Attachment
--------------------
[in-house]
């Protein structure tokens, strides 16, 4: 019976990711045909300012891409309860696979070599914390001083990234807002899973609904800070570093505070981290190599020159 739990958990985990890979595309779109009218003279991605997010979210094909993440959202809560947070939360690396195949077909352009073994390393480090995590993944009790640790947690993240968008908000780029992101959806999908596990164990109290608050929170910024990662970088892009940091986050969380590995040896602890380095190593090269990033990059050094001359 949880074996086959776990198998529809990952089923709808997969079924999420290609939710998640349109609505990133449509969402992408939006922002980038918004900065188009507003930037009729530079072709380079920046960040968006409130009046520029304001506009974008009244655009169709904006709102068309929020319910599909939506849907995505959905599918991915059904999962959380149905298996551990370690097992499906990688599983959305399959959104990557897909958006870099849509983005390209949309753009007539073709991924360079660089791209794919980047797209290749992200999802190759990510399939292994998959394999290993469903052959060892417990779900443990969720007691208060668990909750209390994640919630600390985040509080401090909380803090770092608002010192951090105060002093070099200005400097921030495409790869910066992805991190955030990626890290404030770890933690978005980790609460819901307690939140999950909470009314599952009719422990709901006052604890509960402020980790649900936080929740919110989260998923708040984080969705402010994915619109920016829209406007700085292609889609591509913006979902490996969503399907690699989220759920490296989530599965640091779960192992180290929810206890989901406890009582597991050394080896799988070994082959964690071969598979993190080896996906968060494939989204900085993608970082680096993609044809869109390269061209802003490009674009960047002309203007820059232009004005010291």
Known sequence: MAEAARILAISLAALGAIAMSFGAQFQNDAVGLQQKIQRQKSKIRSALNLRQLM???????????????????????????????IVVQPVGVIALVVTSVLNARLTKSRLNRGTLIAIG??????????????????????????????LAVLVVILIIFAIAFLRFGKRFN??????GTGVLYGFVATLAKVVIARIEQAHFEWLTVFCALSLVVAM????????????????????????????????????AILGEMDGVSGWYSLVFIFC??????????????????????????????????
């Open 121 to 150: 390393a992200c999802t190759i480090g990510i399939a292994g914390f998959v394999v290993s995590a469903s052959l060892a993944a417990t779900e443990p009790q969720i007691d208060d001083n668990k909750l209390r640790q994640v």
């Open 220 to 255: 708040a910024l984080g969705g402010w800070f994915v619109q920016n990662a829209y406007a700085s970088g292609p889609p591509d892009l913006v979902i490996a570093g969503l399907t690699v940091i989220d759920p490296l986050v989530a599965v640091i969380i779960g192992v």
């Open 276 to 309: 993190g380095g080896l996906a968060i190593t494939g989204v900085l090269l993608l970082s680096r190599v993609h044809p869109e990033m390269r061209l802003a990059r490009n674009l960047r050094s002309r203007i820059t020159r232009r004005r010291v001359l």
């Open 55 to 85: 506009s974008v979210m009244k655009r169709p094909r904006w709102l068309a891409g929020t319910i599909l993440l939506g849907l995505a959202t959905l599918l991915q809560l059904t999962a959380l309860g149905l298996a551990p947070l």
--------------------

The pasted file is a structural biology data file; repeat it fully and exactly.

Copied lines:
[in-house]
């Protein structure tokens, strides 16, 4: 019976990711045909300012891409309860696979070599914390001083990234807002899973609904800070570093505070981290190599020159 739990958990985990890979595309779109009218003279991605997010979210094909993440959202809560947070939360690396195949077909352009073994390393480090995590993944009790640790947690993240968008908000780029992101959806999908596990164990109290608050929170910024990662970088892009940091986050969380590995040896602890380095190593090269990033990059050094001359 949880074996086959776990198998529809990952089923709808997969079924999420290609939710998640349109609505990133449509969402992408939006922002980038918004900065188009507003930037009729530079072709380079920046960040968006409130009046520029304001506009974008009244655009169709904006709102068309929020319910599909939506849907995505959905599918991915059904999962959380149905298996551990370690097992499906990688599983959305399959959104990557897909958006870099849509983005390209949309753009007539073709991924360079660089791209794919980047797209290749992200999802190759990510399939292994998959394999290993469903052959060892417990779900443990969720007691208060668990909750209390994640919630600390985040509080401090909380803090770092608002010192951090105060002093070099200005400097921030495409790869910066992805991190955030990626890290404030770890933690978005980790609460819901307690939140999950909470009314599952009719422990709901006052604890509960402020980790649900936080929740919110989260998923708040984080969705402010994915619109920016829209406007700085292609889609591509913006979902490996969503399907690699989220759920490296989530599965640091779960192992180290929810206890989901406890009582597991050394080896799988070994082959964690071969598979993190080896996906968060494939989204900085993608970082680096993609044809869109390269061209802003490009674009960047002309203007820059232009004005010291």
Known sequence: MAEAARILAISLAALGAIAMSFGAQFQNDAVGLQQKIQRQKSKIRSALNLRQLM???????????????????????????????IVVQPVGVIALVVTSVLNARLTKSRLNRGTLIAIG??????????????????????????????LAVLVVILIIFAIAFLRFGKRFN??????GTGVLYGFVATLAKVVIARIEQAHFEWLTVFCALSLVVAM????????????????????????????????????AILGEMDGVSGWYSLVFIFC??????????????????????????????????
């Open 121 to 150: 390393a992200c999802t190759i480090g990510i399939a292994g914390f998959v394999v290993s995590a469903s052959l060892a993944a417990t779900e443990p009790q969720i007691d208060d001083n668990k909750l209390r640790q994640v």
């Open 220 to 255: 708040a910024l984080g969705g402010w800070f994915v619109q920016n990662a829209y406007a700085s970088g292609p889609p591509d892009l913006v979902i490996a570093g969503l399907t690699v940091i989220d759920p490296l986050v989530a599965v640091i969380i779960g192992v």
């Open 276 to 309: 993190g380095g080896l996906a968060i190593t494939g989204v900085l090269l993608l970082s680096r190599v993609h044809p869109e990033m390269r061209l802003a990059r490009n674009l960047r050094s002309r203007i820059t020159r232009r004005r010291v001359l």
């Open 55 to 85: 506009s974008v979210m009244k655009r169709p094909r904006w709102l068309a891409g929020t319910i599909l993440l939506g849907l995505a959202t959905l599918l991915q809560l059904t999962a959380l309860g149905l298996a551990p947070l």